Review of “The Shawshank Redemption”

Review of “The Shawshank Redemption(rəˈdem(p)SH(ə)n)”

By Roger Ebert

It is a strange comment(ˈkäment) to make about a film set inside a prison(ˈprizən), but “The Shawshank Redemption” creates a warm hold on our feelings because it makes us a member of a family. Many movies offer us vicarious(vəˈkerēəs) experiences and quick, superficial(ˌso͞opərˈfiSHəl) emotions(əˈmōSH(ə)n). “Shawshank” slows down and looks. It uses the narrator’s(ˈnerādər) calm(kä(l)m), observant(əbˈzərvənt) voice to include us in the story of men who have formed a community behind bars. It is deeper than most films; about continuity(ˌkäntəˈn(y)o͞oədē) in a lifetime, based on friendship and hope.

Interesting that although the hero of the film is the convicted(kənˈviktəd) former banker Andy Dufresne (Tim Robbins(ˈräbənz)), the action is never seen from his point of view. The film’s opening scene(sēn) shows him being given two life sentences for the murder of his wife and her lover, and then we move, permanently(ˈpərmənəntlē), to a point of view representing(ˌreprəˈzent) the prison population and particularly the lifer(ˈlīfər) Ellis ‘Red’ Redding (Morgan(ˈmôrɡən) Freeman). It is his voice remembering the first time he saw Andy (“looked like a stiff(stif) breeze would blow(blō) him over”), and predicting, wrongly, that he wouldn’t make it in prison.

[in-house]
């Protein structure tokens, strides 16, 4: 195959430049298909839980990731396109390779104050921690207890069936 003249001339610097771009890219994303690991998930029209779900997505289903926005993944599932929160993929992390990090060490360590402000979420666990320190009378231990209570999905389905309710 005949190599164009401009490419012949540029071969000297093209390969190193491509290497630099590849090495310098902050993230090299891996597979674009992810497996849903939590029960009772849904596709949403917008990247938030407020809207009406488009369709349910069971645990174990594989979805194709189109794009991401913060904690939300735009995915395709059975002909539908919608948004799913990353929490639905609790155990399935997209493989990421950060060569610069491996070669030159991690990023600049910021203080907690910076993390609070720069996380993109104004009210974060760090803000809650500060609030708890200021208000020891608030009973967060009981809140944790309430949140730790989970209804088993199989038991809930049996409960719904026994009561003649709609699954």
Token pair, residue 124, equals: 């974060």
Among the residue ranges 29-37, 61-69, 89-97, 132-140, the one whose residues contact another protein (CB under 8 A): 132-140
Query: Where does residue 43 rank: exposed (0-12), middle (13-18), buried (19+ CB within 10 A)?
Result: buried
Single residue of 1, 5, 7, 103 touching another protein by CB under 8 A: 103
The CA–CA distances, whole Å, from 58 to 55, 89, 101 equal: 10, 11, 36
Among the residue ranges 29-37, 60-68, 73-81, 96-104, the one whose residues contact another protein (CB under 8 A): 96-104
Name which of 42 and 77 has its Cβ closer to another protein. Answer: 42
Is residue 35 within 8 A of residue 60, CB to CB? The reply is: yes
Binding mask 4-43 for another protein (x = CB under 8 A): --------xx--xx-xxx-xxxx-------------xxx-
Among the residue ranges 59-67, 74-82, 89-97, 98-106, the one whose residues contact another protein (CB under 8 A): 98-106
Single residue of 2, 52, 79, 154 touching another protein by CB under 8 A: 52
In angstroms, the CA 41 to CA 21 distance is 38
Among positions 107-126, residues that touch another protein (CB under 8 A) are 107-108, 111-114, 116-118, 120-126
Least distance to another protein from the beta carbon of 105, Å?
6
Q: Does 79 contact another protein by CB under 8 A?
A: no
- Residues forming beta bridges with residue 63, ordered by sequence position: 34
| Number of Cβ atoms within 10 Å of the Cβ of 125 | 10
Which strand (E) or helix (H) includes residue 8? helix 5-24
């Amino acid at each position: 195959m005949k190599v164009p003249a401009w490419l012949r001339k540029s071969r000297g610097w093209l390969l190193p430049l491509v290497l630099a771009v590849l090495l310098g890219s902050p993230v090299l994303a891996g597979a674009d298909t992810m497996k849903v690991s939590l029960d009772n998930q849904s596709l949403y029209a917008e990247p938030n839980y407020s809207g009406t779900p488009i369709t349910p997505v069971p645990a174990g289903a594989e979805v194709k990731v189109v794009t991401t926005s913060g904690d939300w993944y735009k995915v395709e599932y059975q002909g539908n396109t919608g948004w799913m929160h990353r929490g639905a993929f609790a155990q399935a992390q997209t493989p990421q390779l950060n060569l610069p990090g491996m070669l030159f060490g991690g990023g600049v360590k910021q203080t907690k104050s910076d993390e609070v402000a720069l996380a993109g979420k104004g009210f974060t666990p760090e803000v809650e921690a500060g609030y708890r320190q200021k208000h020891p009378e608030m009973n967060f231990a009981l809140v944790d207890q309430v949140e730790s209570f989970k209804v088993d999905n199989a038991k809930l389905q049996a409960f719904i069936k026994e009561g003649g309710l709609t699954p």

From Andy’s arrival on the prison bus to the film’s end, we see only how others see him - Red, who becomes his best friend, Brooks the old librarian(ˌlīˈbrerēən), the corrupt(kəˈrəpt) Warden Norton, guards and prisoners(ˈpriz(ə)nər). Red is our surrogate(ˈsərəɡət). He’s the one we identify with, and the redemption, when it comes, is Red’s. We’ve been shown by Andy’s example that you have to keep true to yourself, not lose hope, bide(bīd) your time, set a quiet example and look for your chance. “I guess it comes down to a simple choice, really,” he tells Red. “Get busy livin’ or get busy dyin’.”